Memory objectives


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Memory objectives

  1. 1. DIRECTIONS: On separate sheets of paper, respond to each of the following objectives. This will serve as a notetaking guide for this chapter. Attach this paper to your work. <br /><ul><li>Define memory, and explain how flashbulb memories differ from other memories.
  2. 2. Describe Atkinson-Shiffrin’s classic three-stage processing model of memory, and explain how the contemporary model of working memory differs.
  3. 3. Describe the types of information we encode automatically.
  4. 4. Contrast effortful processing with automatic processing, and discuss the next-in-line effect, the spacing effect, and the serial position effect.
  5. 5. Compare the benefits of visual, acoustic, and semantic encoding in remembering verbal information, and describe a memory-enhancing strategy related to the self-reference effect.
  6. 6. Explain how encoding imagery aids effortful processing, and describe some memory-enhancing strategies that use visual encoding.
  7. 7. Discuss the use of chunking and hierarchies in effortful processing.
  8. 8. Contrast two types of sensory memory.
  9. 9. Describe the duration and working capacity of short-term memory.
  10. 10. Describe the capacity and duration of long-term memory.
  11. 11. Discuss the synaptic changes that accompany memory formation and storage.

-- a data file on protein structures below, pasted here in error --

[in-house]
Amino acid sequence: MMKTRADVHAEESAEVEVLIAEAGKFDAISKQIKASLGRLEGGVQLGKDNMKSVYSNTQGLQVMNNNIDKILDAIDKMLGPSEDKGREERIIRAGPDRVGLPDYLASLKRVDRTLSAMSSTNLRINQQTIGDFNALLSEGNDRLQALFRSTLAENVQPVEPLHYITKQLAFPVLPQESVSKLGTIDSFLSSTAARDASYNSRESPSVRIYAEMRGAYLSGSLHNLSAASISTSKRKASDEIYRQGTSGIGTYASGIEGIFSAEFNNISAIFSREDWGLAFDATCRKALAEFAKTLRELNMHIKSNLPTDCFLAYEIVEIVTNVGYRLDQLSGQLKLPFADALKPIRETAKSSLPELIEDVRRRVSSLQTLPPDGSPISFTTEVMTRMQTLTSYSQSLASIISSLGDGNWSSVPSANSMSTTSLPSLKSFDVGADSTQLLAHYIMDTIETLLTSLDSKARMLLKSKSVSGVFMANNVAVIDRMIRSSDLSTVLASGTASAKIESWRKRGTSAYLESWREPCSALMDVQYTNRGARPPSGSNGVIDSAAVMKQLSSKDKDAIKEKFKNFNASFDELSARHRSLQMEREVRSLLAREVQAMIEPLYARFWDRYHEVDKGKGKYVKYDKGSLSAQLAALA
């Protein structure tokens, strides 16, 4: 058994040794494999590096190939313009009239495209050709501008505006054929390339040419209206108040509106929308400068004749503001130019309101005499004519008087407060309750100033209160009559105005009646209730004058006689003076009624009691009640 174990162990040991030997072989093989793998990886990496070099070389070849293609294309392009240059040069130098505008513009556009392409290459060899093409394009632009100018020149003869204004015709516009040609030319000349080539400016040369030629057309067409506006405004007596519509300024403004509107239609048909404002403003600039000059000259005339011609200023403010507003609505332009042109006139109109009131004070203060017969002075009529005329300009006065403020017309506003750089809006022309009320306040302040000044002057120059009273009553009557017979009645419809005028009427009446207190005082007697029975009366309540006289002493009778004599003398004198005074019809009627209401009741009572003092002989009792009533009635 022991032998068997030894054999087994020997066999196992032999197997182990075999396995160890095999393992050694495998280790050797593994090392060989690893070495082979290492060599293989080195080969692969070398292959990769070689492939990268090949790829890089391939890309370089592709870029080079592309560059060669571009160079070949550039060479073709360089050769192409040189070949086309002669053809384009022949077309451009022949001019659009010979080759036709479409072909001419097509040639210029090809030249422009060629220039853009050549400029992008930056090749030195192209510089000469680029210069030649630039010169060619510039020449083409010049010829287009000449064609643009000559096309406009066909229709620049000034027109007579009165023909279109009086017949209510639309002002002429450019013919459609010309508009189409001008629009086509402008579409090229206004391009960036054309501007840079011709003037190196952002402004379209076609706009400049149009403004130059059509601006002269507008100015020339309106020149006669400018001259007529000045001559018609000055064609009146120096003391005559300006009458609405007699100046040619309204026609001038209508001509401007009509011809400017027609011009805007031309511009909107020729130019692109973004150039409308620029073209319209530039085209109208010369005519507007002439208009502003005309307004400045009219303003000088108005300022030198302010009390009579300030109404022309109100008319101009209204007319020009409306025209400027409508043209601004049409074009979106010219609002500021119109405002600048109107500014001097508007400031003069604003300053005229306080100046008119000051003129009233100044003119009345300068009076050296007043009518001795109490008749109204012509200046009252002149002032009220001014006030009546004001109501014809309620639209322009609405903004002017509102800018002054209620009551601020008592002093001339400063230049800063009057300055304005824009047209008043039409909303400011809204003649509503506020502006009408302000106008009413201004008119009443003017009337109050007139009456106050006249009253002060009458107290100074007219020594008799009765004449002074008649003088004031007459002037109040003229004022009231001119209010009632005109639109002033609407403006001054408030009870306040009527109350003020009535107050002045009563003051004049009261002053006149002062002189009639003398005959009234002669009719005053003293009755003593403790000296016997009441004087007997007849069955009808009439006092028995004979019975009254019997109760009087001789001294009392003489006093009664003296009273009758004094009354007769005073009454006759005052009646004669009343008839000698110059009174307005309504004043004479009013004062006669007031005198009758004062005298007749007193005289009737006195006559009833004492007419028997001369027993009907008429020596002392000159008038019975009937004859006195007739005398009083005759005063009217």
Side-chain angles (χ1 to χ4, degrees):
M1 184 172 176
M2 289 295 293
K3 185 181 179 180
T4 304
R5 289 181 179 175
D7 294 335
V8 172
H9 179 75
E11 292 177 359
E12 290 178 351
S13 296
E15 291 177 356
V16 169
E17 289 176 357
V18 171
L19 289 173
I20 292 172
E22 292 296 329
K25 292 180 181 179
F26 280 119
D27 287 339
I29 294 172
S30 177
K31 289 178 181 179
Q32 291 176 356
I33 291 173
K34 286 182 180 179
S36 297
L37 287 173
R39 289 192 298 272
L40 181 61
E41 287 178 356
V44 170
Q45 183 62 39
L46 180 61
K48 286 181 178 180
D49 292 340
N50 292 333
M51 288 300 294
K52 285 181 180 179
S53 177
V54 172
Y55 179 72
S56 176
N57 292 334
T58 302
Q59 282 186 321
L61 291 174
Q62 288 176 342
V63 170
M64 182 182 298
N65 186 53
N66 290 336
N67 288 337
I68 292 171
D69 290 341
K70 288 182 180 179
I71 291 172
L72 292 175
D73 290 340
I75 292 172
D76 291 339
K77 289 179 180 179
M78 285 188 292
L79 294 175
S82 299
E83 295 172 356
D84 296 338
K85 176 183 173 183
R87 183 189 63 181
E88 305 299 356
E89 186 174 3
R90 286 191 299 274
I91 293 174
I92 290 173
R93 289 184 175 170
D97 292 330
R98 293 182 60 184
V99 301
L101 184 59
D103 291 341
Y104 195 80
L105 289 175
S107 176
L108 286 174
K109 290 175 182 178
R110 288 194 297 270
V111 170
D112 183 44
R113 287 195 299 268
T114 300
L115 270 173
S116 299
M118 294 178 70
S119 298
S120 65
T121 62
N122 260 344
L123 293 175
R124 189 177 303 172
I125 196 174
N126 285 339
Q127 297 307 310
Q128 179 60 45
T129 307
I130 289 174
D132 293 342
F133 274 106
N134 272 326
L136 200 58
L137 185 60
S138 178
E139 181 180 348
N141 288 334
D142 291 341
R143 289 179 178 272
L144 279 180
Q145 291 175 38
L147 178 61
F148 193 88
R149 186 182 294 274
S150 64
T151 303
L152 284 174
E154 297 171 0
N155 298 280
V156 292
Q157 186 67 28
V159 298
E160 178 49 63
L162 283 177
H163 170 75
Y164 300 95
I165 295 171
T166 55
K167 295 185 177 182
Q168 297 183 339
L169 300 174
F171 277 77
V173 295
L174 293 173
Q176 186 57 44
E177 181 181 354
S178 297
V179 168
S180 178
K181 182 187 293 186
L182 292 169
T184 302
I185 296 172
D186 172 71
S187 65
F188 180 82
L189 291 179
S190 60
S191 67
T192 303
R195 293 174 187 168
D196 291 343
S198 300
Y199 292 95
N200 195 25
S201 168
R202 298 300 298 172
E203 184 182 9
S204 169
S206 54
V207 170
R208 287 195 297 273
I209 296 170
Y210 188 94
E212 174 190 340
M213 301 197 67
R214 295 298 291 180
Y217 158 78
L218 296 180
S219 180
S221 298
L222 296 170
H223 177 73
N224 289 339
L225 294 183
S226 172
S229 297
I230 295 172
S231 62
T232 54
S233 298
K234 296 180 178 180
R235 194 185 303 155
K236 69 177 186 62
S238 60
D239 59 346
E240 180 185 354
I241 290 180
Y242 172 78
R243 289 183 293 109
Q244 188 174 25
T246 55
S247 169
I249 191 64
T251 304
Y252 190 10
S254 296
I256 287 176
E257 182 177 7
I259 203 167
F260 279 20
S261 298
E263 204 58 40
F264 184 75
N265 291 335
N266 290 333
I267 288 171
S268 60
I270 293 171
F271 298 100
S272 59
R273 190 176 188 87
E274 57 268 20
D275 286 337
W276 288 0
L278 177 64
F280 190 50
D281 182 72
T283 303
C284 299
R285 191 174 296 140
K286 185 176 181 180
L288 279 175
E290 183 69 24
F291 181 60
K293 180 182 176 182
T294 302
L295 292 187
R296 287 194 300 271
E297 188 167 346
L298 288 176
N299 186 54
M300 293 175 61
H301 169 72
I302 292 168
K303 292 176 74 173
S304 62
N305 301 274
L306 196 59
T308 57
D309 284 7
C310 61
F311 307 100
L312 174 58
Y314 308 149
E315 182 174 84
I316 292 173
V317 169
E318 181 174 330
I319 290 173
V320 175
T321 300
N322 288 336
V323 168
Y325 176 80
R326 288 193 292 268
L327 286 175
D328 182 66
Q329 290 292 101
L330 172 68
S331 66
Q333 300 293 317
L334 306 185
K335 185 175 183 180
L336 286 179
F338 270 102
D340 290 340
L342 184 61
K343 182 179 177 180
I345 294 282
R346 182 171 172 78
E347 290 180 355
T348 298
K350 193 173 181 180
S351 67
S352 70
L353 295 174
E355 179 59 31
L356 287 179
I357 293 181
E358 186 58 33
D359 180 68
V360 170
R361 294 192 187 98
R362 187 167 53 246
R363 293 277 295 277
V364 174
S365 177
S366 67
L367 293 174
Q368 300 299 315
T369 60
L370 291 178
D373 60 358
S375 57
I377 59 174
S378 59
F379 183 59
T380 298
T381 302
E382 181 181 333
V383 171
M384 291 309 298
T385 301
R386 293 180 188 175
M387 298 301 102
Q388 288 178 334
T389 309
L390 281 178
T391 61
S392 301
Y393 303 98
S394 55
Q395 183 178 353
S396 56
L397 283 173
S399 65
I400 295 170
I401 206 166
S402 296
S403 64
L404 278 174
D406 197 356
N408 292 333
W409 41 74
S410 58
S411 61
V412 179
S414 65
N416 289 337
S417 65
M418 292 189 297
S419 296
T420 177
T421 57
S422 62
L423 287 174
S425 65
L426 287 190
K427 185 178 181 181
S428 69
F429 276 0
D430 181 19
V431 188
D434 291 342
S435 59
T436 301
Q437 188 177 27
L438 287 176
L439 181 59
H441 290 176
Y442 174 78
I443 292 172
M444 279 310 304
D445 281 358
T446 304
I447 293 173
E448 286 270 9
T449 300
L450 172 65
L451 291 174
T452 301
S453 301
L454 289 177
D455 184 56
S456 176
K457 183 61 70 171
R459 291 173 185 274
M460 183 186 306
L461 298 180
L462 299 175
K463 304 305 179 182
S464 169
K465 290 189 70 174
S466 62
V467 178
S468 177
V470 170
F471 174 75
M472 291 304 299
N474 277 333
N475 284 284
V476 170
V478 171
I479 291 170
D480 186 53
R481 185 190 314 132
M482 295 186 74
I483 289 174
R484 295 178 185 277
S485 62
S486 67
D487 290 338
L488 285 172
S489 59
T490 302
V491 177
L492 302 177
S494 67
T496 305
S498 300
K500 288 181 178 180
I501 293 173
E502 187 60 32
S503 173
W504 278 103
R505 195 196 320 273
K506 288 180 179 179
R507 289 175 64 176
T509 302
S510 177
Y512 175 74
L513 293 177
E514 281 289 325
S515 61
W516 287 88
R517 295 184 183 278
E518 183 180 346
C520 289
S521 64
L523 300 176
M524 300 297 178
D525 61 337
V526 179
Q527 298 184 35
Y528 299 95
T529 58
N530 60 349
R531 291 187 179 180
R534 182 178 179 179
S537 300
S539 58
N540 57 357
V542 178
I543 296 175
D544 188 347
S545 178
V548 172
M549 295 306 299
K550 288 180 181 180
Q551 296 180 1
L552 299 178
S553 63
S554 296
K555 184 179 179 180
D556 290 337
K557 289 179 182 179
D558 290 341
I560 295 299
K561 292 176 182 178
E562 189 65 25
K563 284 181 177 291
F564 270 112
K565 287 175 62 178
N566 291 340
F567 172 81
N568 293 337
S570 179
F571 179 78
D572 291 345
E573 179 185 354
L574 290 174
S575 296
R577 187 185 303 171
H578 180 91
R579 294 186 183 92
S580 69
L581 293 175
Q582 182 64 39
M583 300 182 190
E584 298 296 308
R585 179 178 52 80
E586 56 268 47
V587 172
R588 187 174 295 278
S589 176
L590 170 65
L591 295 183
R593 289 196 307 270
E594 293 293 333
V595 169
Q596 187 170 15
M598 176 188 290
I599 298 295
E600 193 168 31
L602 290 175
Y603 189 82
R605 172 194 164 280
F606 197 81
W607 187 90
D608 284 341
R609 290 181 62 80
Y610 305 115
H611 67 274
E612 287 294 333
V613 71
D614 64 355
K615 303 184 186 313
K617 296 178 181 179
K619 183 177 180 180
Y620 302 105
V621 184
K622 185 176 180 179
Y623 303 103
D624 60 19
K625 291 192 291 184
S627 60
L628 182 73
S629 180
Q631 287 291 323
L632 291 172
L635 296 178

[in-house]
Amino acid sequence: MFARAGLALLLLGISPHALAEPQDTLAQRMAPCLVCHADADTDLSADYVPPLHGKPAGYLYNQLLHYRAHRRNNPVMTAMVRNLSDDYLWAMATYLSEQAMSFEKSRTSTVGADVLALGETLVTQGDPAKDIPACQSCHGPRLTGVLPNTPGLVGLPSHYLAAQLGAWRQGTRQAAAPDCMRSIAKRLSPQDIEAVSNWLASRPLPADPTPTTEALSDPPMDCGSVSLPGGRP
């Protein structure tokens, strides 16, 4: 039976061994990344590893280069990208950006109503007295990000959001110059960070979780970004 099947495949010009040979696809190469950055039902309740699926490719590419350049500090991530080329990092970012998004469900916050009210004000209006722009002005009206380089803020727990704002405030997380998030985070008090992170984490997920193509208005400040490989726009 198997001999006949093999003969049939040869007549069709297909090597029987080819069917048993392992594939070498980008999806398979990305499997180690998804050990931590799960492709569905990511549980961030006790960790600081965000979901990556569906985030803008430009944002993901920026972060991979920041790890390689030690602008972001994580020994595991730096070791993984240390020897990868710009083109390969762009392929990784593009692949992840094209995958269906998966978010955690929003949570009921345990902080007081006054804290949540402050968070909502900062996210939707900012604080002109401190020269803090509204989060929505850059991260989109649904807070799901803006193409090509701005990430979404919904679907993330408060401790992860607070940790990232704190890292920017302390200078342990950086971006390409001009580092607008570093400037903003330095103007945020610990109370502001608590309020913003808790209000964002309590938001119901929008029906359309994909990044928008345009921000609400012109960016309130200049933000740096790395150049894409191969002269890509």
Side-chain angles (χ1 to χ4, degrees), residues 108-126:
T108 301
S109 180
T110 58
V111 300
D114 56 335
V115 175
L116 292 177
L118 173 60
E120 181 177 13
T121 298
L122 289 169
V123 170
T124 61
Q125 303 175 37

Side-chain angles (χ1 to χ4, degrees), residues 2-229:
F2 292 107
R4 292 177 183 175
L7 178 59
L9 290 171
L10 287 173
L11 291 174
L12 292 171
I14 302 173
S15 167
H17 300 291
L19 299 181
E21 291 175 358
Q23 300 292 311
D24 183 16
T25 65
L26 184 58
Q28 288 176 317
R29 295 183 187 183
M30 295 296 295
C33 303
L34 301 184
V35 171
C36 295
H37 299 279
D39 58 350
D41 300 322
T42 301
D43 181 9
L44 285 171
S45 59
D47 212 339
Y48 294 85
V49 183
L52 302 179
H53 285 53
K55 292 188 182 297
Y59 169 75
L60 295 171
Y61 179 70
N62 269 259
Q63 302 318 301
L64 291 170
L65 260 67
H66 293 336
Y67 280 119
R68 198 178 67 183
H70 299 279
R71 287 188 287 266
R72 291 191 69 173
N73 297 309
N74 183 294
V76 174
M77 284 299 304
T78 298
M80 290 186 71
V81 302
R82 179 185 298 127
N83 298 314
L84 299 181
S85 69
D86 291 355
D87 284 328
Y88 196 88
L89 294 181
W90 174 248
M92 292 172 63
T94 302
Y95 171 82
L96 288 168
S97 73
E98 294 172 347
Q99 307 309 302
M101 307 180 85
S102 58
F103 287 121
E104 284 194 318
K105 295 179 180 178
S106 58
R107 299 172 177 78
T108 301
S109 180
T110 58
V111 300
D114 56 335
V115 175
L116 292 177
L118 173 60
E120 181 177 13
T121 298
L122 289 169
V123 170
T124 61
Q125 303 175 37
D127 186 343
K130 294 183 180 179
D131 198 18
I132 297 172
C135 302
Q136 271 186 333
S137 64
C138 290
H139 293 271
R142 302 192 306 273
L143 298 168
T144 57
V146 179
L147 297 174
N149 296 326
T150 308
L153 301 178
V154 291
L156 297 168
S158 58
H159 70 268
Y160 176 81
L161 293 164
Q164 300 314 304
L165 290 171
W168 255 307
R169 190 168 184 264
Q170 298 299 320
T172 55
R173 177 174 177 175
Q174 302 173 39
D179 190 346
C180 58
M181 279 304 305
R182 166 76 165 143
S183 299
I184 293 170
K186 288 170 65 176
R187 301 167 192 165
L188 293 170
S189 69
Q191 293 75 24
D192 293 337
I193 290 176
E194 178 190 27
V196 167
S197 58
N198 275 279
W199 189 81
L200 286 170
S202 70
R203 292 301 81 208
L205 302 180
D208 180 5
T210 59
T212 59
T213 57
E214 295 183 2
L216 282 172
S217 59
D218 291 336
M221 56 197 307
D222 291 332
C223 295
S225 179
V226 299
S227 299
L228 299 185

12. 12. Discuss some ways stress hormones can affect memory.
  13. 13. Distinguish between implicit and explicit memory, and identify the main brain structure associated with each.
  14. 14. Contrast the recall, recognition, and relearning measures of memory.
  15. 15. Explain how retrieval cues can help us access stored memories, and describe the process of priming.
  16. 16. Cite some ways that context can affect retrieval.
  17. 17. Describe the effects of internal states on retrieval.
  18. 18. Explain why we should value our ability to forget, and distinguish three general ways our memory fails us.
  19. 19. Discuss the role of encoding failure in forgetting.
  20. 20. Discuss the concept of storage decay, and describe Ebbinghaus’ forgetting curve.
  21. 21. Contrast proactive and retroactive interference, and explain how they can cause retrieval failure.
  22. 22. Summarize Freud’s concept of repression, and state whether this view is reflected in current memory research.
  23. 23. Explain how misinformation and imagination can distort our memory of an event.
  24. 24. Describe source amnesia’s contribution to false memories.
  25. 25. List some differences and similarities between true and false memories.
  26. 26. Give arguments supporting and rejecting the position that very young children’s reports of abuse are reliable.
  27. 27. Discuss the controversy over reports of repressed and recovered memories of childhood sexual abuse.
  28. 28. Explain how an understanding of memory can contribute to effective study techniques.